I placed four small bags of potato chips on the checkout counter, and before I could even get money out to pay for them the cashier said, “Oh, I love these chips.”

I asked why, and he said it’s because they have a strong potato flavor. They remind him of thick potato sticks.

“And they’re made in Maine,” he added. “You can’t beat that.”

We were talking about a brand new potato chip from a fledgling company called Vintage Maine Kitchen. Based in Freeport, the company was founded by Kelly Brodeur, a culinary arts graduate of Johnson & Wales, who was inspired by her 2-year-old daughter, Merrill – a big potato chip fan – to develop a chip made from Maine potatoes that contains no MSG or other ingredients found in processed foods.

“Our brand is all about full-circle food, where what’s old is new again,” she said, “and we’re just bringing it back to when people made food with real food.”

Brodeur believes that potato chips have become a “throw-away food” – the consolation prize that comes with your sandwich or lobster roll instead of a delicious food in its own right. The bag of chips that sits by your Reuben is often saved for later, or might even be tossed in the trash.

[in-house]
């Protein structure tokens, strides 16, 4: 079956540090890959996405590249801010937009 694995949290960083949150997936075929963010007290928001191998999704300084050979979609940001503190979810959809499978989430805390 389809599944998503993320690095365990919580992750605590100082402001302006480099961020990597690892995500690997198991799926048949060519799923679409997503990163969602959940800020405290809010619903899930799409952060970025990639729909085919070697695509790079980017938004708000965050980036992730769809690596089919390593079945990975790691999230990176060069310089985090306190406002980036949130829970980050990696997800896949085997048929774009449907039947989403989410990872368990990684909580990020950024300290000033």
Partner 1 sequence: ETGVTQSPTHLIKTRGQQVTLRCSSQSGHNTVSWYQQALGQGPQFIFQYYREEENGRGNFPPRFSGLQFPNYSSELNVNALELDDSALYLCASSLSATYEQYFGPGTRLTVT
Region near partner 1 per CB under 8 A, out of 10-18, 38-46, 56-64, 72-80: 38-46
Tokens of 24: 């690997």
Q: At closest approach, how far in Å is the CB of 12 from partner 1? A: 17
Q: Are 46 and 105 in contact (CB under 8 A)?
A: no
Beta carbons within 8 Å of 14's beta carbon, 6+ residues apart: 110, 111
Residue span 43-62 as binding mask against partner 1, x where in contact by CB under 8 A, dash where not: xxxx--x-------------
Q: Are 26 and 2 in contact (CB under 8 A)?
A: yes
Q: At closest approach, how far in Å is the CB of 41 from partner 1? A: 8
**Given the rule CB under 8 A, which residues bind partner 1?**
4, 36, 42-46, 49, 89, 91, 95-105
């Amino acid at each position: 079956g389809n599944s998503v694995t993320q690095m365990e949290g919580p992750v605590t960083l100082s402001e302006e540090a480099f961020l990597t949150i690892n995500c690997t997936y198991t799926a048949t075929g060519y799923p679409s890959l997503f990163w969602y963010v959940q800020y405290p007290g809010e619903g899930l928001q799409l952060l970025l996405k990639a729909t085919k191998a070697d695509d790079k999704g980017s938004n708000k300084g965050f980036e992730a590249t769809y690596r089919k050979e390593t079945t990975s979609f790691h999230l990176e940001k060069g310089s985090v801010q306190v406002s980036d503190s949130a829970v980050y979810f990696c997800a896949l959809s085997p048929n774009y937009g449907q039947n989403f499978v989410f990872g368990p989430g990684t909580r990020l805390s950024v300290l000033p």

She wants to change that. She uses only Maine potatoes in her chips and hand slices them in her production facility in Freeport. The chips are fried in sunflower oil and flavored with Maine sea salt. That cashier was right – they do have a strong potato flavor. And they don’t leave streaks of grease on your hands like mass-produced chips.

Brodeur also offers a Maine maple flavor, made with real Maine maple sugar, that could be called the kettle corn of potato chips. They have an appealing, subtle sweetness that doesn’t hit you over the head.

Both chips cost $2 per 1.25-ounce bag in stores. You can also buy them online.

Brodeur’s chips are in 15 locations now, including DeRosier’s Market, Royal River Natural Foods, the Salty Lobster, Bow Street Market, the 1912 Cafe at L.L. Bean and the Maine Beer Co. in Freeport. In Portland, find them at Aurora Provisions, the Portland Food Co-op, and Lois’ Natural Marketplace. In Brunswick, they’re at Morning Glory Natural Foods and the Bowdoin College Convenience Store.

The No. 1 question Brodeur says she is asked these days: “When are you going to make larger bags?”


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